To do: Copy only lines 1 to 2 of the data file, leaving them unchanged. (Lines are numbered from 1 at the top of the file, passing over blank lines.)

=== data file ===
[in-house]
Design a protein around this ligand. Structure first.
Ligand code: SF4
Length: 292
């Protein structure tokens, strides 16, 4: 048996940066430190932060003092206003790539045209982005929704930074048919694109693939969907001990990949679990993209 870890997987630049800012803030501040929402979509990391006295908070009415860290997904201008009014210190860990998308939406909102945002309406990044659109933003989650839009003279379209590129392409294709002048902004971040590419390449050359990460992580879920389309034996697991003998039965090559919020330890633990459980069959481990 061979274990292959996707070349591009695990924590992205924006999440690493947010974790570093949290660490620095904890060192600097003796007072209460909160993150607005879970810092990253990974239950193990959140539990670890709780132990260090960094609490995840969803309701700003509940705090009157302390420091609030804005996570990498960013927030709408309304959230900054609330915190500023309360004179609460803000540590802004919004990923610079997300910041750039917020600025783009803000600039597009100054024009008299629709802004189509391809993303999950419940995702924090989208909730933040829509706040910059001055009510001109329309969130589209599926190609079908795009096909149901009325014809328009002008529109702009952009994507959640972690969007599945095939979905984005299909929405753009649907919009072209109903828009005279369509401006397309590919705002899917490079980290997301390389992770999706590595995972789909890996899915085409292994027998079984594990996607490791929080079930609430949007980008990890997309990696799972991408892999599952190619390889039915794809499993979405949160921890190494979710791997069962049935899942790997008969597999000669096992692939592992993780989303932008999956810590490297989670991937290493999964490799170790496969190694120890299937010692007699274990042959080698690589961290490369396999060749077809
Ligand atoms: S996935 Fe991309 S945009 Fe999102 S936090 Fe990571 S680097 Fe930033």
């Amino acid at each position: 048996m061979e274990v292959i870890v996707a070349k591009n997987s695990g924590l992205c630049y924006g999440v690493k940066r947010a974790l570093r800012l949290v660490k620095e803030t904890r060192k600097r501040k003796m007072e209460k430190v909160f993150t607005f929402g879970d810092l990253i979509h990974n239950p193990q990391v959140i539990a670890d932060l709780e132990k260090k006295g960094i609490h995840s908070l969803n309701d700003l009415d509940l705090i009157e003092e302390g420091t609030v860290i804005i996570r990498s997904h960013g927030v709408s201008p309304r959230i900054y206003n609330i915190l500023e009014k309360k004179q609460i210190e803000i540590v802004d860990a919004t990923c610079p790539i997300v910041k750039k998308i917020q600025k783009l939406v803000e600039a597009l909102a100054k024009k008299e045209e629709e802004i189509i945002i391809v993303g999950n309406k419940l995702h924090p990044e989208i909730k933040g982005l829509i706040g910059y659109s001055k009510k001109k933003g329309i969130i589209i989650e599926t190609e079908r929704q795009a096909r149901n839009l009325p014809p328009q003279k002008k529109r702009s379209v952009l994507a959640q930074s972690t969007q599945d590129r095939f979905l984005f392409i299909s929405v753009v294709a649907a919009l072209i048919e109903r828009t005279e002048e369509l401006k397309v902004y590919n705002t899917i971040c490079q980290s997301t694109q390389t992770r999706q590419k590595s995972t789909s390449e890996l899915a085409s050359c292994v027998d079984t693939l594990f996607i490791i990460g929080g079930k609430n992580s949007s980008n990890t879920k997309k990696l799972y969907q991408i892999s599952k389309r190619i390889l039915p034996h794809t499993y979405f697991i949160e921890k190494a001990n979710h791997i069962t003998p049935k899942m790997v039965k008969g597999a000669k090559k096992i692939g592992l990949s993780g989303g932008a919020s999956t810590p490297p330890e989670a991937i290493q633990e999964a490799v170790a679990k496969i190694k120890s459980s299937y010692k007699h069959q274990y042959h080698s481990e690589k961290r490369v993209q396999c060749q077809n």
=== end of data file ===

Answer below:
[in-house]
Design a protein around this ligand. Structure first.